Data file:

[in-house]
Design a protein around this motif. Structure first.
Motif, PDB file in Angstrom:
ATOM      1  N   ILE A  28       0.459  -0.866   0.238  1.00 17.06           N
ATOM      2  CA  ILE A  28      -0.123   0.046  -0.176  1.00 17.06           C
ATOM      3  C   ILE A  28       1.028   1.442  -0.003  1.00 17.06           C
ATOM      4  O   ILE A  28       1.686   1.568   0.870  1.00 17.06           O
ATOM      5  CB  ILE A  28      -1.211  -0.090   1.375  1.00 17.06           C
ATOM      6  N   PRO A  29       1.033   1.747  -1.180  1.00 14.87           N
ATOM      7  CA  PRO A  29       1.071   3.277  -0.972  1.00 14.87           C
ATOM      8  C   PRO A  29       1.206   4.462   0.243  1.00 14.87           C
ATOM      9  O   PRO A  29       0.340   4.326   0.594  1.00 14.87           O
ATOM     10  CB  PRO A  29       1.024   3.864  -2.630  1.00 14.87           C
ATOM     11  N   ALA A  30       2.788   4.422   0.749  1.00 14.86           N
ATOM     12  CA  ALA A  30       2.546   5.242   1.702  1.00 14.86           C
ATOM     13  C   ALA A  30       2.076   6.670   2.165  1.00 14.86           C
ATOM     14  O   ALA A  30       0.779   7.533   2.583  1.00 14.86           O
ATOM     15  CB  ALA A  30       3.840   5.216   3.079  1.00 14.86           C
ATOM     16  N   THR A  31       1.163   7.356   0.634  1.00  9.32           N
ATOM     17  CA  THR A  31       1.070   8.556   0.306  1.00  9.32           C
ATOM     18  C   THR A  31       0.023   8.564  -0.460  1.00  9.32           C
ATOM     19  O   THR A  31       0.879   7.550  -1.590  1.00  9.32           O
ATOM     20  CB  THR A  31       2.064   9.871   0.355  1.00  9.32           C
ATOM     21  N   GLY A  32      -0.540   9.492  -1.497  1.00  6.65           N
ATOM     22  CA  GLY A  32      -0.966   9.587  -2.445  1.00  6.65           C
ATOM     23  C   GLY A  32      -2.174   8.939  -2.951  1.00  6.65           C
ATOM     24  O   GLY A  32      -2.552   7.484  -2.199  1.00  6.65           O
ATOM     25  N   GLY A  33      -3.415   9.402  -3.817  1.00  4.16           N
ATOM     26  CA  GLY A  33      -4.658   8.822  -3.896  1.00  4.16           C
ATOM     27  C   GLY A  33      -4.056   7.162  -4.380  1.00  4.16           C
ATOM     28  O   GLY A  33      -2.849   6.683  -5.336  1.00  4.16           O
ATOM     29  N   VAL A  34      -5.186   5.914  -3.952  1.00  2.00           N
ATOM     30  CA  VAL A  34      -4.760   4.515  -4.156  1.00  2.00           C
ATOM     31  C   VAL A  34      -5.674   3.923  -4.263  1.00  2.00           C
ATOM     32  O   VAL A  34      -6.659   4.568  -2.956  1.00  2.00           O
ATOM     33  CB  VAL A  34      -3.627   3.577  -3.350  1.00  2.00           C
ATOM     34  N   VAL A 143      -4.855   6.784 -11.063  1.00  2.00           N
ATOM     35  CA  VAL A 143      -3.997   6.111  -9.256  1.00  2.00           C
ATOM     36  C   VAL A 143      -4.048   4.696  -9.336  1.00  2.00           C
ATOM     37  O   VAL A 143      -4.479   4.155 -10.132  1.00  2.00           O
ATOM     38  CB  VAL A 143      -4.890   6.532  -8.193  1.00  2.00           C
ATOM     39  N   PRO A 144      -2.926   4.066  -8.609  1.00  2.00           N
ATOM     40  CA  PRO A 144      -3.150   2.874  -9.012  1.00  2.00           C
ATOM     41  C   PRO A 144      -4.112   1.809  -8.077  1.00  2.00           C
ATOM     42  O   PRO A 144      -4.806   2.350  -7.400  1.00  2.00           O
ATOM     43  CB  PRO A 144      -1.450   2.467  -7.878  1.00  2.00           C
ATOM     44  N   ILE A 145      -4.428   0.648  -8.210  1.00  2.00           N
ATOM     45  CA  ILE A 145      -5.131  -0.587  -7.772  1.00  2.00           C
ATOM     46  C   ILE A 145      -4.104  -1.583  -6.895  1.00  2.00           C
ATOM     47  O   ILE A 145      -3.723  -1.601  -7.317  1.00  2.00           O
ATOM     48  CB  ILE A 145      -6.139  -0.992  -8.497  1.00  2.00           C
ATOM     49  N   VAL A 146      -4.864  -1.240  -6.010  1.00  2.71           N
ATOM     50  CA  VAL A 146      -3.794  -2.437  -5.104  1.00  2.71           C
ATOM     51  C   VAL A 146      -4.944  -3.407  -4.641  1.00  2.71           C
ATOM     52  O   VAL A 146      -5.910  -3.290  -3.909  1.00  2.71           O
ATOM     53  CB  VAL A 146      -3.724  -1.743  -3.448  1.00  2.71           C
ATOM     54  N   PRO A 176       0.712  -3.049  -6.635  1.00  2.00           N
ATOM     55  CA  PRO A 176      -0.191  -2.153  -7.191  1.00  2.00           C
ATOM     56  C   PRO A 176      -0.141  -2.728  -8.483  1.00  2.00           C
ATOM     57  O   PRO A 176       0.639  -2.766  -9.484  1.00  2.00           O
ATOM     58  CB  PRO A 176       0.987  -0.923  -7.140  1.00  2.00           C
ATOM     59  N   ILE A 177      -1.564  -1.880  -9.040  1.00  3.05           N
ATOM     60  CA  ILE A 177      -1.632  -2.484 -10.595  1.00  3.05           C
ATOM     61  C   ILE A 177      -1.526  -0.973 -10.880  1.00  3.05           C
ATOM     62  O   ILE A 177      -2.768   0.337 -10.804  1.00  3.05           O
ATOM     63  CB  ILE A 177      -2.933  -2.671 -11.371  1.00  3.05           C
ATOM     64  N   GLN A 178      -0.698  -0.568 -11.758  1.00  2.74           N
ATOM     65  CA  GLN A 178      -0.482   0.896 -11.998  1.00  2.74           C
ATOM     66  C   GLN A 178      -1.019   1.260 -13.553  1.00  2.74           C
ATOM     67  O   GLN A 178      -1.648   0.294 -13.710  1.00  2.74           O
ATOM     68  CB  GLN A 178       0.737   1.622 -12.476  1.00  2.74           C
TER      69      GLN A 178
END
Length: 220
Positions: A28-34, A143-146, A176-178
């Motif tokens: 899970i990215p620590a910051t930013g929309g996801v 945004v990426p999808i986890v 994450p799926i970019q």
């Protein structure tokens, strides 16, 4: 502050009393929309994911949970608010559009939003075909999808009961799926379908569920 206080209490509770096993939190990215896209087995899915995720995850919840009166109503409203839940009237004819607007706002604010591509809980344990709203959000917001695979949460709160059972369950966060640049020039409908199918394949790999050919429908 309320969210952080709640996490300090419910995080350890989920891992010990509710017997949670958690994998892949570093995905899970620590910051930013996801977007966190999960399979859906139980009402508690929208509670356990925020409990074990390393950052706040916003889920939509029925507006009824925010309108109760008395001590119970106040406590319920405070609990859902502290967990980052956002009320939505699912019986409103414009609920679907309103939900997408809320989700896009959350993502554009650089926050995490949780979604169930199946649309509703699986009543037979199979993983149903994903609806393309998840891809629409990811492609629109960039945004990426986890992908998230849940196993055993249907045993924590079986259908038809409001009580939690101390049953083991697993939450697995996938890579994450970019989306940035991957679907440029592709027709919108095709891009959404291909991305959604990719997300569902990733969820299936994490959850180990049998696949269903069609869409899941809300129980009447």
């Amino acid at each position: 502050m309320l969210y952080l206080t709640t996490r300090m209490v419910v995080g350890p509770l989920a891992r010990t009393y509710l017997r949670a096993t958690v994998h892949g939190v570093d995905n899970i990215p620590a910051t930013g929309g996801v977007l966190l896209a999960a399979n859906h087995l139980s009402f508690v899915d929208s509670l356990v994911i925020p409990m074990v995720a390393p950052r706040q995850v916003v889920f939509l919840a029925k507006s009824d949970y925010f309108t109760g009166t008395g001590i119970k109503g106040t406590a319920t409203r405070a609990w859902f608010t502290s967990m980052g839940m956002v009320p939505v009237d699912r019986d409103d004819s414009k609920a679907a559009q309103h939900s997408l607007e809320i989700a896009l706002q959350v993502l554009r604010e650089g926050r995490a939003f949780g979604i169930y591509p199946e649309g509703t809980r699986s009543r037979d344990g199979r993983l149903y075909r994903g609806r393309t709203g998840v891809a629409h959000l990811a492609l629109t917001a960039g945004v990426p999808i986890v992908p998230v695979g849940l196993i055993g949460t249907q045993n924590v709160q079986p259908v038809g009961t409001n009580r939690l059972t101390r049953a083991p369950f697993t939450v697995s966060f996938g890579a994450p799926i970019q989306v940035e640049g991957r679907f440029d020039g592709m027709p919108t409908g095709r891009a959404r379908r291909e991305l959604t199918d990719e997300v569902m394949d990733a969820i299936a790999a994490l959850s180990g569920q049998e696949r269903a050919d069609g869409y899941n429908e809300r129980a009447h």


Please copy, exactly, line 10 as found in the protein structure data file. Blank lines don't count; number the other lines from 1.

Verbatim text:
ATOM      7  CA  PRO A  29       1.071   3.277  -0.972  1.00 14.87           C